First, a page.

The man speaking to me is a funeral director (let’s call him Andy) and he is giving me a rare, behind-the-scenes look at a typical day at the office. And, as it quickly becomes clear, in Andy’s line of work perfection is the name of the game.
“On the day of the funeral, everything has to go right,” he tells me. “The family expect it. Which is why I do all of this preparation and checking now.”
And there is a lot of preparation and checking to do. Once a doctor has declared someone dead, the funeral director’s work begins. First, the body is transported – “removed” – to the funeral home so it can be stored and, if required, embalmed. Later it will be made to look as close to the family’s specifications as possible through the use of favorite clothes, a haircut and makeup. Then there are consultations with the family to agree on the date and details of the service, the type of coffin, the music, the readings, etc.
Finally, there is the funeral itself. Dressed in long dark coat (not dissimilar to a morning jacket for a wedding) with top hat and gloves in hand, the funeral director is there making sure everything happens when it’s supposed to and everybody is where they should be.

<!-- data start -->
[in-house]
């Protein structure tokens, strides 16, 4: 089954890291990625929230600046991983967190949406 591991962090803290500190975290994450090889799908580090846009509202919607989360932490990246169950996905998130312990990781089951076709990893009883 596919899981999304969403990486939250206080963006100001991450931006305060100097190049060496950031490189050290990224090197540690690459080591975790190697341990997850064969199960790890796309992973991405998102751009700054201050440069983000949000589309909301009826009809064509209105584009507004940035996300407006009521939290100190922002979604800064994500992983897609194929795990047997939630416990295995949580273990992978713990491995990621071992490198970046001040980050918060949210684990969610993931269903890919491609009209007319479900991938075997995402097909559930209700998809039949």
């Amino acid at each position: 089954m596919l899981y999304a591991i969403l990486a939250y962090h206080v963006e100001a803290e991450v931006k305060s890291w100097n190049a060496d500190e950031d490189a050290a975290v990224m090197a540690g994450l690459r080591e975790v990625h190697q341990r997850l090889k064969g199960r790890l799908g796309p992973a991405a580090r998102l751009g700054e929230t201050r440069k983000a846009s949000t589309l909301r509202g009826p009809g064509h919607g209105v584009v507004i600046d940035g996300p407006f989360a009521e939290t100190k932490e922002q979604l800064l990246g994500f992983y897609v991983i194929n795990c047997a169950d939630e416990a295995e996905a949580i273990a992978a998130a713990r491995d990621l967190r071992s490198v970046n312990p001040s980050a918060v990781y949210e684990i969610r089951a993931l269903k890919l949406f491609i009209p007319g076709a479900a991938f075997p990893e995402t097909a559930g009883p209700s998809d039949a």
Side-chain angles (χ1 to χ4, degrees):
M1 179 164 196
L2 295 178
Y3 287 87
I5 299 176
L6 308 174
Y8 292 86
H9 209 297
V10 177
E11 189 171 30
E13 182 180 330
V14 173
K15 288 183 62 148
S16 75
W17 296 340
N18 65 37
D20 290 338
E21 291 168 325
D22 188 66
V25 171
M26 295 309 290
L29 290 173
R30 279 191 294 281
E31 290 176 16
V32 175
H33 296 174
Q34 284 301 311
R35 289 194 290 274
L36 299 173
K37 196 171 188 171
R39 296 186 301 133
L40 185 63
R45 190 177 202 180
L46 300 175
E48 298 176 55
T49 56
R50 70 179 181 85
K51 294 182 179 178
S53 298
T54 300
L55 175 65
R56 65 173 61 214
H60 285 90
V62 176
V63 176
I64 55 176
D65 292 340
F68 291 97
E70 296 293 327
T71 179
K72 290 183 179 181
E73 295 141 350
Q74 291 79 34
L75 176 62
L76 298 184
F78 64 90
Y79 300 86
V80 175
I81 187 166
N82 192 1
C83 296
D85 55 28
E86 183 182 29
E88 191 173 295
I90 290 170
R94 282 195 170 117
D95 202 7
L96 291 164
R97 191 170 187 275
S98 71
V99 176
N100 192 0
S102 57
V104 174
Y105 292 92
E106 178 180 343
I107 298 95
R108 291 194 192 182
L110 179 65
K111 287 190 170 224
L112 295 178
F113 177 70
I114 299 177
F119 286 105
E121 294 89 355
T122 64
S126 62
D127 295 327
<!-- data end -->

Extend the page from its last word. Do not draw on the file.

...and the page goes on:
“I try to find out as many details as I can about the family,” says Andy. “You don’t want an argument breaking out between, say, two cousins who fell out years ago over who knows what. I would want to know about that to make sure they sat apart.”
This is the level of the detail that makes a funeral director successful. With 14 years in the business, I think we can safely call Andy successful. Recommendations and referrals, the most valuable currency in his field, are so abundant he’s having to pass on business to other funeral directors nearby.
So it’s no surpise the coffin I’ve been inspecting is completely dust free.
1854: London’s cemeteries are full. The London Necropolis Railway is built in Waterloo station to transport the dead outside the city. 2015: London’s cemeteries are filling. The line is re-opening. And you’ve got a ticket. Baseless Fabric invite you onboard for this promenade performance about the fact you’re going to die one day.
A First Class Death uses the fascinating history of Waterloo’s vaults to explore the attitudes and rituals around dying today. The piece will challenge, entertain and involve the audience as they move through the local area and the atmospheric Cavern space, once a repository for the dead awaiting their final journey.